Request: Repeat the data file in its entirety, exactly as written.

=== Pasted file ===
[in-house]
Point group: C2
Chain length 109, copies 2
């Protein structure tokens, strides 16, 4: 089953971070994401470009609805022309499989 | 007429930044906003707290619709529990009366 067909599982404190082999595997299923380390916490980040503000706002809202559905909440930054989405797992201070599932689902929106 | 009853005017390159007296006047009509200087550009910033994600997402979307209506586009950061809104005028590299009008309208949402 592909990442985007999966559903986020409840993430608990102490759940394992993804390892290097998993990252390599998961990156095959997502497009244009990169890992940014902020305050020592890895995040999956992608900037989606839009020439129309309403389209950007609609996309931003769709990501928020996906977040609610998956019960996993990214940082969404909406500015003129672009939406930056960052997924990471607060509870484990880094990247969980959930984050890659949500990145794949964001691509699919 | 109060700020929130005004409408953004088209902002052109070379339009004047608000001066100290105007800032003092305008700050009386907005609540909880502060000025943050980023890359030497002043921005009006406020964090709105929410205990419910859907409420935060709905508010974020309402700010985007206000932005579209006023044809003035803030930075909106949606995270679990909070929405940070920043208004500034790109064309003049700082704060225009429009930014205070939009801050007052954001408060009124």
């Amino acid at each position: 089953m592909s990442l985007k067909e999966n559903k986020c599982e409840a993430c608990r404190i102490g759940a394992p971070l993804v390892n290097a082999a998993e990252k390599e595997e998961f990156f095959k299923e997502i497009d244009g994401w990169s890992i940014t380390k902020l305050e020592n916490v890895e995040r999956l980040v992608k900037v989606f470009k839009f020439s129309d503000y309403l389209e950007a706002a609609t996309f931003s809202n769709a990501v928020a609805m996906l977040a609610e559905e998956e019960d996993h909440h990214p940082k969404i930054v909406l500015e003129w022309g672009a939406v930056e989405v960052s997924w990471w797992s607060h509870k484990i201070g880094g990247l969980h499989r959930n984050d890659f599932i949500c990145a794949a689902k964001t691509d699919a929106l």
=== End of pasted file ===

[in-house]
Point group: C2
Chain length 109, copies 2
């Protein structure tokens, strides 16, 4: 089953971070994401470009609805022309499989 | 007429930044906003707290619709529990009366 067909599982404190082999595997299923380390916490980040503000706002809202559905909440930054989405797992201070599932689902929106 | 009853005017390159007296006047009509200087550009910033994600997402979307209506586009950061809104005028590299009008309208949402 592909990442985007999966559903986020409840993430608990102490759940394992993804390892290097998993990252390599998961990156095959997502497009244009990169890992940014902020305050020592890895995040999956992608900037989606839009020439129309309403389209950007609609996309931003769709990501928020996906977040609610998956019960996993990214940082969404909406500015003129672009939406930056960052997924990471607060509870484990880094990247969980959930984050890659949500990145794949964001691509699919 | 109060700020929130005004409408953004088209902002052109070379339009004047608000001066100290105007800032003092305008700050009386907005609540909880502060000025943050980023890359030497002043921005009006406020964090709105929410205990419910859907409420935060709905508010974020309402700010985007206000932005579209006023044809003035803030930075909106949606995270679990909070929405940070920043208004500034790109064309003049700082704060225009429009930014205070939009801050007052954001408060009124």
């Amino acid at each position: 089953m592909s990442l985007k067909e999966n559903k986020c599982e409840a993430c608990r404190i102490g759940a394992p971070l993804v390892n290097a082999a998993e990252k390599e595997e998961f990156f095959k299923e997502i497009d244009g994401w990169s890992i940014t380390k902020l305050e020592n916490v890895e995040r999956l980040v992608k900037v989606f470009k839009f020439s129309d503000y309403l389209e950007a706002a609609t996309f931003s809202n769709a990501v928020a609805m996906l977040a609610e559905e998956e019960d996993h909440h990214p940082k969404i930054v909406l500015e003129w022309g672009a939406v930056e989405v960052s997924w990471w797992s607060h509870k484990i201070g880094g990247l969980h499989r959930n984050d890659f599932i949500c990145a794949a689902k964001t691509d699919a929106l």